HONOLULU — Investigators are reviewing the records and the burned-out wreckage of the single-engine plane in Hawaii that went up in flames just after takeoff and then exploded as it hit the ground, killing the pilot, two instructors and two tandem jumpers.
So far, there are no records of accidents for the owner of the skydiving plane, officials said Tuesday.
The pilot, two instructors and two tandem jumpers were killed when the plane believed to have been operated by SkyDive Kauai crashed Monday, firefighters said.
There also are no reports enforcement actions against David Timko, the owner of SkyDive Kauai, said Ian Gregor, a spokesman for the FAA. The company is listed in state documents as a trade name for D&J Air Adventures, the registered owner of the Cessna 182H, according to Federal Aviation Administration records.
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“Our hearts go out to the families,” Timko said, adding that he didn’t have further comment because the crash is under investigation.
Four of the victims died at the scene, and one died at a hospital, officials said. Police anticipate releasing the names Wednesday pending autopsies, officials said Tuesday.
Investigators reviewed the burned-out wreckage of the single-engine plane in a field just outside a regional airport on the island of Kauai. Cisco Campos was fishing nearby Monday and told news outlets that the engine sounded strange after the plane left the runway.
Campos told Hawaii News Now (http://bit.ly/1TwYRt9 ) that it looked like the plane was trying to go back to the airport when it caught fire and then “everything exploded” as it crashed.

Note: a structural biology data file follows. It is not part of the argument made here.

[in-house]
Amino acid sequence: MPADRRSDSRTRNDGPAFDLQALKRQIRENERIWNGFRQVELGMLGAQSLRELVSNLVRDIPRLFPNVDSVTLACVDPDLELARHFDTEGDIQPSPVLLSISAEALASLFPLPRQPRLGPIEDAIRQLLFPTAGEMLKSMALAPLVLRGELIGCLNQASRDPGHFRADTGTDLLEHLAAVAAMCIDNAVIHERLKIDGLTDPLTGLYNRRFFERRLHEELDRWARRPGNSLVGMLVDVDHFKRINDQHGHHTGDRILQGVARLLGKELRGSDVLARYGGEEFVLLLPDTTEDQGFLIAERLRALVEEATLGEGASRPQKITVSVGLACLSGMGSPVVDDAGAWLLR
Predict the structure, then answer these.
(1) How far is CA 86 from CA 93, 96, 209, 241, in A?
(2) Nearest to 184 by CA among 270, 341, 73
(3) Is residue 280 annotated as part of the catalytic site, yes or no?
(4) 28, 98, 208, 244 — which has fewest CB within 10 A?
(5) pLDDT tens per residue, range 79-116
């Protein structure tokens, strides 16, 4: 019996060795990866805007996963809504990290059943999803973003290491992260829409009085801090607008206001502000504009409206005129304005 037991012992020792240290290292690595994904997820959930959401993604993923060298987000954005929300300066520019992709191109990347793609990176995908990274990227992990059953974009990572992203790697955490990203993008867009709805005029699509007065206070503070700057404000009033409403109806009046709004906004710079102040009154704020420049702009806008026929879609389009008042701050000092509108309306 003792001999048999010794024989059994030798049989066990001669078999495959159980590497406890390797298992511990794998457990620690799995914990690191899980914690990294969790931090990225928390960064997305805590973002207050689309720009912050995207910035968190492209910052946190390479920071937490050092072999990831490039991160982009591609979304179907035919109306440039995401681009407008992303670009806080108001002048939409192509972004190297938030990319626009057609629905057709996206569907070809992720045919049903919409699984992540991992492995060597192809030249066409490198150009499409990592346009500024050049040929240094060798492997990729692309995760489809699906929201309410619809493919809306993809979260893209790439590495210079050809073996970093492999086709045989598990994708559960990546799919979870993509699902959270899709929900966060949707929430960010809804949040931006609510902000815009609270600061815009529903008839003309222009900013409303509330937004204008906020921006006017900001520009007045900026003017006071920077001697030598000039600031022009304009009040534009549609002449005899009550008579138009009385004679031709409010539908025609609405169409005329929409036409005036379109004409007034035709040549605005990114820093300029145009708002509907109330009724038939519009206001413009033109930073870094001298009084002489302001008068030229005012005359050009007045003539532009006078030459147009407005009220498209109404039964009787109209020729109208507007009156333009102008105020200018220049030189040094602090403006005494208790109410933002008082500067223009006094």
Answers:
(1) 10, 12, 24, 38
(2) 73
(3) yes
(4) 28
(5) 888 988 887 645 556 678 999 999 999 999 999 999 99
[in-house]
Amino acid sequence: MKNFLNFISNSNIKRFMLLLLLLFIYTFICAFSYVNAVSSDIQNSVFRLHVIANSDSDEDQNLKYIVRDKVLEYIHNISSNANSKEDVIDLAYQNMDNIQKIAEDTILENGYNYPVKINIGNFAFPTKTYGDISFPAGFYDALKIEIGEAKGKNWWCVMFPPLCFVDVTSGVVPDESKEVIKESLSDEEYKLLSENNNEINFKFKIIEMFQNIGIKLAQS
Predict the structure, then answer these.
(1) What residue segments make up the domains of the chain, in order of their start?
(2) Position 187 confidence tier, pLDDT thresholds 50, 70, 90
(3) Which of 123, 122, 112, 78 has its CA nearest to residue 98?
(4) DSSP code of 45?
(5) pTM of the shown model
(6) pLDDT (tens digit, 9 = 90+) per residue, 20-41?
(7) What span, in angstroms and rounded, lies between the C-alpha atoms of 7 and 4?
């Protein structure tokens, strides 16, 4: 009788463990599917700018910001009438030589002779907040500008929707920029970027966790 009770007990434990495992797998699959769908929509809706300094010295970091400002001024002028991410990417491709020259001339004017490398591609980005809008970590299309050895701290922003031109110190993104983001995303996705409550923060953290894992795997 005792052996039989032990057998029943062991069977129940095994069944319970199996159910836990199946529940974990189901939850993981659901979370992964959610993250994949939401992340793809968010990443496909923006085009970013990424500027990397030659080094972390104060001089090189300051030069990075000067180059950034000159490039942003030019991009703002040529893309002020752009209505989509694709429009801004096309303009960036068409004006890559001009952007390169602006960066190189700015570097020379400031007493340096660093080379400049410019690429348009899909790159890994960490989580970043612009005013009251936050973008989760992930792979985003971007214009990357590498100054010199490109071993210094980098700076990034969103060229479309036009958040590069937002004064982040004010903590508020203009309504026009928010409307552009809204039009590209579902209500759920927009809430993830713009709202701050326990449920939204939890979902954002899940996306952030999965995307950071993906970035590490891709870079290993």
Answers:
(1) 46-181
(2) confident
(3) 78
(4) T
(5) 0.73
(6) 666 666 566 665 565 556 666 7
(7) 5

“Something must have been wrong with the engine,” he said, adding that as it tried to land again, the plane was heading into the wind.
“By the time I got there, the plane had been burned pretty bad,” Kauai Fire Chief Robert Westerman said.
The crash on a dirt road ignited a small brush fire that firefighters extinguished soon afterward.
The National Transportation Safety Board and FAA will investigate the cause of the crash.
A few hours later, another small plane crashed into the water off the coast of Oahu. Lifeguards brought two people to shore Monday, and one went to a hospital, Honolulu Fire Department Capt. David Jenkins said.
The other person aboard wasn’t injured, Honolulu Emergency Services Department spokeswoman Shayne Enright said.
Twenty visitors died in aircraft crashes in Hawaii from 2005 to 2014, including one skydiver, state Department of Health data show. The others were killed in plane, helicopter and light sport aircraft crashes. Over the same period, 24 residents were killed in air crashes, including four skydivers.
Associated Press writers Jennifer Sinco Kelleher and Audrey McAvoy contributed to this report from Honolulu.